Awe-inspiring experiences typically start in mundane ways, and this was no exception. Our trip started with a train out of Tokyo, bound for Shimobe Onsen. Three hours later, my friend Nicolas and I arrived in the town, a place where many things seem frozen in time.

Venturing into the basement of the inn in search of the baths, we had a feeling of being watched by ghosts; there were lots of dark, narrow hallways leading to unknown rooms. Finally, we located the baths, which reeked of sulphur but were soothing to slip into after a long day on the train.

The next morning, we awoke and started the long ascent to the top of the mountain. For five hours, we dragged our weary legs upward…and upward…and upward, wondering why on earth someone would carve a path into this mountain.

Arriving at the top, however, we understood: first we were greeted with the sight of a gorgeous emerald-green lake (a dragon is rumoured to live under the surface), and then with a stunning view of Mount Fuji. It was almost as if we were standing right next door to the famous mountain. We also met our guide, Genga-San, a monk who lives on top of the mountain.

Our accommodation for the night was a Buddhist monastery with many long hallways and sliding doors; I almost expected a Kung Fu fight to break out, it seemed like the perfect setting! We were ushered into a large room, the walls and ceiling of which were covered with complex gold carvings, chandeliers, pillars and special drawers. I asked Genga-San, ‘Why gold?’ and he responded, ‘Because gold is eternal.’ Then followed ninety minutes of sutras – a seemingly endless, ocean-like wave of sound as fifteen monks ‘sang’ their sutras in guttural voices, occasionally banging a gong or beating a drum, led by a powerful-looking monk in a conical hat. When they had finished, we were ready for bed. Genga-San asked us, ‘What time would you like to get up?’ I responded, ‘4:30 AM,’ not realising what consequence this would have. The next morning, at exactly 4:30 AM, we were awoken by the sound of drums. The sliding doors were swiftly opened and three monks entered, demanding our futon, and in its place quickly putting a pot of green tea and some cups. All of this happened within fifteen seconds, and by the time they left I felt as though I were still dreaming, but the steaming pot of tea confirmed that it had all, in fact, been real.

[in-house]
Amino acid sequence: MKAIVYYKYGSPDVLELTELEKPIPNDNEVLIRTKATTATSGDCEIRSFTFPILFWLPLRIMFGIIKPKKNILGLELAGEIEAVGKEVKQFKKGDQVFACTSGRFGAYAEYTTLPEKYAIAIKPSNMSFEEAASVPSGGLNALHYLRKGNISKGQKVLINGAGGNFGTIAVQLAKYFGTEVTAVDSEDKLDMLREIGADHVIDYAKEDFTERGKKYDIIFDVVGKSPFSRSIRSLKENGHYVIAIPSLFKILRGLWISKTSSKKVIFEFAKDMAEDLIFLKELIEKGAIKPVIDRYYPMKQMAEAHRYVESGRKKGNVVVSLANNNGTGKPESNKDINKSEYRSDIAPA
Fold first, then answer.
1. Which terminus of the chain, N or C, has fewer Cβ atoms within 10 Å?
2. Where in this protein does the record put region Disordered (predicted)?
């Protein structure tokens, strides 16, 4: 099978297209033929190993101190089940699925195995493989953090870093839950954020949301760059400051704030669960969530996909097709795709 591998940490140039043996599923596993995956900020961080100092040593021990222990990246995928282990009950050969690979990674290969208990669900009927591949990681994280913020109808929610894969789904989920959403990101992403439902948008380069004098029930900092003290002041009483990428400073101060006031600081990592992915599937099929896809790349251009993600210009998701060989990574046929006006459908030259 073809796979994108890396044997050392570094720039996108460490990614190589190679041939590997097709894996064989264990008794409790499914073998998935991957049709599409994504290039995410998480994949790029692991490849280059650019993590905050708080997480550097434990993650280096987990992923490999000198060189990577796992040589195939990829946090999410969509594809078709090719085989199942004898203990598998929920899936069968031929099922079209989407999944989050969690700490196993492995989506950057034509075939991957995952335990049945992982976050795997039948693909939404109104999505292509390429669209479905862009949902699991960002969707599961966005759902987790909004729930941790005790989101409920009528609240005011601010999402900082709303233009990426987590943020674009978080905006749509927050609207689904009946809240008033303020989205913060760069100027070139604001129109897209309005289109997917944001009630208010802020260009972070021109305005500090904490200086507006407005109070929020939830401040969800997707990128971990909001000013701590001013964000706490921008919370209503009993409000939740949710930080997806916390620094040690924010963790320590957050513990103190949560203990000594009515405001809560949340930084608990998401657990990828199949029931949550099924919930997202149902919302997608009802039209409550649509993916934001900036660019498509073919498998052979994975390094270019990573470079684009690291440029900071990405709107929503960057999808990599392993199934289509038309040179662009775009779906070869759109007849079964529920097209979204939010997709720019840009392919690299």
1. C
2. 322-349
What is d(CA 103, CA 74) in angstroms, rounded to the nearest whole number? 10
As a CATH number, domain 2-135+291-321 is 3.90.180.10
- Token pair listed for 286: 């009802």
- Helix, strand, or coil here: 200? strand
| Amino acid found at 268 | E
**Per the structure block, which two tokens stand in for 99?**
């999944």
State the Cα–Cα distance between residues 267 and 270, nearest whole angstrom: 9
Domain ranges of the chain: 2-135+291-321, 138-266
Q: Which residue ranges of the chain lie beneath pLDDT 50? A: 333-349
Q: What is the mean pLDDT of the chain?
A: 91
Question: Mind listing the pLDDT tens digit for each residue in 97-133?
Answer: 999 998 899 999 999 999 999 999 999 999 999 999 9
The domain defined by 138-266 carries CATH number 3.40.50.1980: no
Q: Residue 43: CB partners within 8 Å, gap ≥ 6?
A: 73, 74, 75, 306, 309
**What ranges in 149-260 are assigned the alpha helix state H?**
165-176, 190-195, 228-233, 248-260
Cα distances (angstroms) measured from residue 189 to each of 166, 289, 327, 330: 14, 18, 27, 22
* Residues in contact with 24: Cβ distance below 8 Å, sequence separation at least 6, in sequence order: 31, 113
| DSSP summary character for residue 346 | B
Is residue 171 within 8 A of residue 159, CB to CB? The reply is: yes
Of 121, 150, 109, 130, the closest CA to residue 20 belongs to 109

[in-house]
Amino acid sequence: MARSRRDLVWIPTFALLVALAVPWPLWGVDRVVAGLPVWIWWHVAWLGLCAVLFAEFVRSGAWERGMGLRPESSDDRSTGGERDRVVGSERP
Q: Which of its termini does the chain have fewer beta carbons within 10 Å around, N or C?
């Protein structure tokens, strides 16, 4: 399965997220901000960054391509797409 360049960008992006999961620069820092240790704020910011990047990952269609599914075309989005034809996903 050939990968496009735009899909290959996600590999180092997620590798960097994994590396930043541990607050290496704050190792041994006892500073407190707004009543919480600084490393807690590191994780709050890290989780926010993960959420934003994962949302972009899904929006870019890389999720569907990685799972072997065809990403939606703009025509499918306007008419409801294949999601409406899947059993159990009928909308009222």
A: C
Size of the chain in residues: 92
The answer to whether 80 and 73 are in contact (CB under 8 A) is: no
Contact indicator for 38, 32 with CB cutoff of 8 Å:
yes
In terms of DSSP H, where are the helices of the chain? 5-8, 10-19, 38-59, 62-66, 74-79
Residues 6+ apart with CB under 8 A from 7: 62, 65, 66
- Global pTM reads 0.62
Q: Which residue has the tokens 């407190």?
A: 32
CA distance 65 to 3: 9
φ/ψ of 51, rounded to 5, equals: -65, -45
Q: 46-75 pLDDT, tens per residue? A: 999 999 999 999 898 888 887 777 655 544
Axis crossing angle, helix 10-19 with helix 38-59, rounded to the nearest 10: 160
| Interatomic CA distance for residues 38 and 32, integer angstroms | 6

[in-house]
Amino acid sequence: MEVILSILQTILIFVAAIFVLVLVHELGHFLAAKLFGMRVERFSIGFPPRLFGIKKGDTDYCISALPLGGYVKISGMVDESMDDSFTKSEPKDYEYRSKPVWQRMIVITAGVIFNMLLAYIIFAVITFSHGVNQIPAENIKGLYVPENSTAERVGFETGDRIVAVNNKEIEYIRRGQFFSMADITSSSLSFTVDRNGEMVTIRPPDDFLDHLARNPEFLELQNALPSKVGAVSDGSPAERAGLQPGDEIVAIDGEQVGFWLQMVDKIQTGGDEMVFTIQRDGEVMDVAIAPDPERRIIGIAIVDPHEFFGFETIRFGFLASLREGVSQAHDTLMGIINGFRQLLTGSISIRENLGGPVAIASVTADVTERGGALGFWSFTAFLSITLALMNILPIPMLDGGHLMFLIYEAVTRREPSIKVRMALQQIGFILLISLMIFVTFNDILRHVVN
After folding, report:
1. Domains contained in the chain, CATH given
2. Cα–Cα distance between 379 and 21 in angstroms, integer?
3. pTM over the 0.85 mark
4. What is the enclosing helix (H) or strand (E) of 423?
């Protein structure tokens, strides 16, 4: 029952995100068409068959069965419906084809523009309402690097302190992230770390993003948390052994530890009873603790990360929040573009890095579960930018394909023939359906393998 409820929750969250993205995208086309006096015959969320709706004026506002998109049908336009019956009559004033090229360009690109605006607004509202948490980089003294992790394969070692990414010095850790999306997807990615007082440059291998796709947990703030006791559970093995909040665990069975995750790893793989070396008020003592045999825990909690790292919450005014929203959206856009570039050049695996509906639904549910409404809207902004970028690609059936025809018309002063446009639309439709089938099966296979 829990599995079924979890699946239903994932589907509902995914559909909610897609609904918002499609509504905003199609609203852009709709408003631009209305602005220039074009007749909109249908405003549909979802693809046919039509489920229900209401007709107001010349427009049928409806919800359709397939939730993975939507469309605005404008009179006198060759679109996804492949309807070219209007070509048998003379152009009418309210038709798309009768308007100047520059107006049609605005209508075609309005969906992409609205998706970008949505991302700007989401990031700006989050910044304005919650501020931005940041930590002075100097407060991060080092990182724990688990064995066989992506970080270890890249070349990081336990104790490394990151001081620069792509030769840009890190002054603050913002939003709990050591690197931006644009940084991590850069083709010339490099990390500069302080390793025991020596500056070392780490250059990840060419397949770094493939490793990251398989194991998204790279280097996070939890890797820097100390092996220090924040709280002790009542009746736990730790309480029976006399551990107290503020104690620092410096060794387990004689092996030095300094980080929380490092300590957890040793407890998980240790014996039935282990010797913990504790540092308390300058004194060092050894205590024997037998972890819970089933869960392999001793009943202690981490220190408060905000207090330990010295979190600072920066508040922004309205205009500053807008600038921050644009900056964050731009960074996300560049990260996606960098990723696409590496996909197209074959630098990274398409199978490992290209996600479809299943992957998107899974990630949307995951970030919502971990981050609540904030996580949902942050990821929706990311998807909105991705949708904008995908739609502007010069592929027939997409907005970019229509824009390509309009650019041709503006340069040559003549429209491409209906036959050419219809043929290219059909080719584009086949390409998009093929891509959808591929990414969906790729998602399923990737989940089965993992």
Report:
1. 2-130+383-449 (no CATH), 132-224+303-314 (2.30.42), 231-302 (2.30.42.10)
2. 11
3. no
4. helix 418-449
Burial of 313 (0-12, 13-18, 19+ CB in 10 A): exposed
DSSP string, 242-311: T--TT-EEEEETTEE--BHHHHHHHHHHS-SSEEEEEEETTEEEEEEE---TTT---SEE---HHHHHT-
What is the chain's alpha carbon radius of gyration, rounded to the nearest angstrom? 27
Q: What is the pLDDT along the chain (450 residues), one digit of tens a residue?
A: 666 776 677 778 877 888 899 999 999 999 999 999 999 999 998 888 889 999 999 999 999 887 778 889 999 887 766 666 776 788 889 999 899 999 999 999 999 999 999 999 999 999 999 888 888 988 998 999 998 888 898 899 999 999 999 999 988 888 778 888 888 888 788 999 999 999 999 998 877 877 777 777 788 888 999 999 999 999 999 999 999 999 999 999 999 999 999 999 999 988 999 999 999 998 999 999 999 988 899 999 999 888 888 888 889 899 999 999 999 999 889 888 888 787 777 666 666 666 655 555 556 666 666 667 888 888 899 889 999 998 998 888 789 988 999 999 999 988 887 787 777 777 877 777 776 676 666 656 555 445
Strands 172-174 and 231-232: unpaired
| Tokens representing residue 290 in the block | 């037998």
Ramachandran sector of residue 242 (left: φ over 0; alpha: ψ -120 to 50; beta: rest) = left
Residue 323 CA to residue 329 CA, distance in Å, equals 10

Climbing to the Fuji viewpoint in the dusky light, we slowly became more and more aware of a droning sound, like thousands of mosquitoes. As we got closer, we saw five-hundred teenage girls, all clad in white robes (similar to karate outfits), facing the sun as it slowly started to peek above the horizon, and passionately chanting a sutra.

It was hypnotic and surreal, being in this spot, seemingly removed from the rest of the world, surrounded by hundreds of chanting girls, the clouds spreading away from us as far as the eye could see, like an endless ocean; and the sun slowly rising, almost like an actor slowly emerging upon a stage.